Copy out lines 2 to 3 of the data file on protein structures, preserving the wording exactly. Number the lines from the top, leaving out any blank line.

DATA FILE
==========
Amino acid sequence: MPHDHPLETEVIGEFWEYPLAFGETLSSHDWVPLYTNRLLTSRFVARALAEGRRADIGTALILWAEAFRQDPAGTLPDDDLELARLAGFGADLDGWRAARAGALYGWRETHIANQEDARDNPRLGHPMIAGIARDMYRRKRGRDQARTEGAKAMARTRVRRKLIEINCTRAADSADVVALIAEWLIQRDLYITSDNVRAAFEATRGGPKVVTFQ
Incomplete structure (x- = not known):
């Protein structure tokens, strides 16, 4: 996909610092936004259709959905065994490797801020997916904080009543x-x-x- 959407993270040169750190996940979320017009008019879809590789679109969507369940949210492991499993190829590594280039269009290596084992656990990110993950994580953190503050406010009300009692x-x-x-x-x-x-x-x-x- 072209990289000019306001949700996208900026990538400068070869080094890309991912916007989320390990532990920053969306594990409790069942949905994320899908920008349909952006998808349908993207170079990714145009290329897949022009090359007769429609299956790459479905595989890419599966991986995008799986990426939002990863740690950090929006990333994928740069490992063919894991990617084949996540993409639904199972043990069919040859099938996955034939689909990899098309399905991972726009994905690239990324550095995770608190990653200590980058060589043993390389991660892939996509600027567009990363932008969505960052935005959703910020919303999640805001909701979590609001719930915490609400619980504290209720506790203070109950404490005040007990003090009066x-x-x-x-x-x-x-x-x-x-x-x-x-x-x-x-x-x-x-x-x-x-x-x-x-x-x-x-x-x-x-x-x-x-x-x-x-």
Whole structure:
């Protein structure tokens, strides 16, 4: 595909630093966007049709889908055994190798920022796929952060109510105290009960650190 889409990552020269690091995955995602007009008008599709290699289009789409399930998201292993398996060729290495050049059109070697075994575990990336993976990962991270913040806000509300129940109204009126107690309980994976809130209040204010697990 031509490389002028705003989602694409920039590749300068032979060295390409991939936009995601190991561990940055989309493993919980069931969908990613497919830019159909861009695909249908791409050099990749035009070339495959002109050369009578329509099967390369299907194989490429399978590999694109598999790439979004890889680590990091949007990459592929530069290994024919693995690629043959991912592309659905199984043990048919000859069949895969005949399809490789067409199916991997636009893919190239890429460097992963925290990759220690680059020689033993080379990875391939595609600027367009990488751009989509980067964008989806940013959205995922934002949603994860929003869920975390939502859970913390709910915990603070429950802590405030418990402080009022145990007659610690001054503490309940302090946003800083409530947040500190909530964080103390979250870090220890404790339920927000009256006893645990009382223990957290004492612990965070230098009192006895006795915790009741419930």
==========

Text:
Incomplete structure (x- = not known):
């Protein structure tokens, strides 16, 4: 996909610092936004259709959905065994490797801020997916904080009543x-x-x- 959407993270040169750190996940979320017009008019879809590789679109969507369940949210492991499993190829590594280039269009290596084992656990990110993950994580953190503050406010009300009692x-x-x-x-x-x-x-x-x- 072209990289000019306001949700996208900026990538400068070869080094890309991912916007989320390990532990920053969306594990409790069942949905994320899908920008349909952006998808349908993207170079990714145009290329897949022009090359007769429609299956790459479905595989890419599966991986995008799986990426939002990863740690950090929006990333994928740069490992063919894991990617084949996540993409639904199972043990069919040859099938996955034939689909990899098309399905991972726009994905690239990324550095995770608190990653200590980058060589043993390389991660892939996509600027567009990363932008969505960052935005959703910020919303999640805001909701979590609001719930915490609400619980504290209720506790203070109950404490005040007990003090009066x-x-x-x-x-x-x-x-x-x-x-x-x-x-x-x-x-x-x-x-x-x-x-x-x-x-x-x-x-x-x-x-x-x-x-x-x-």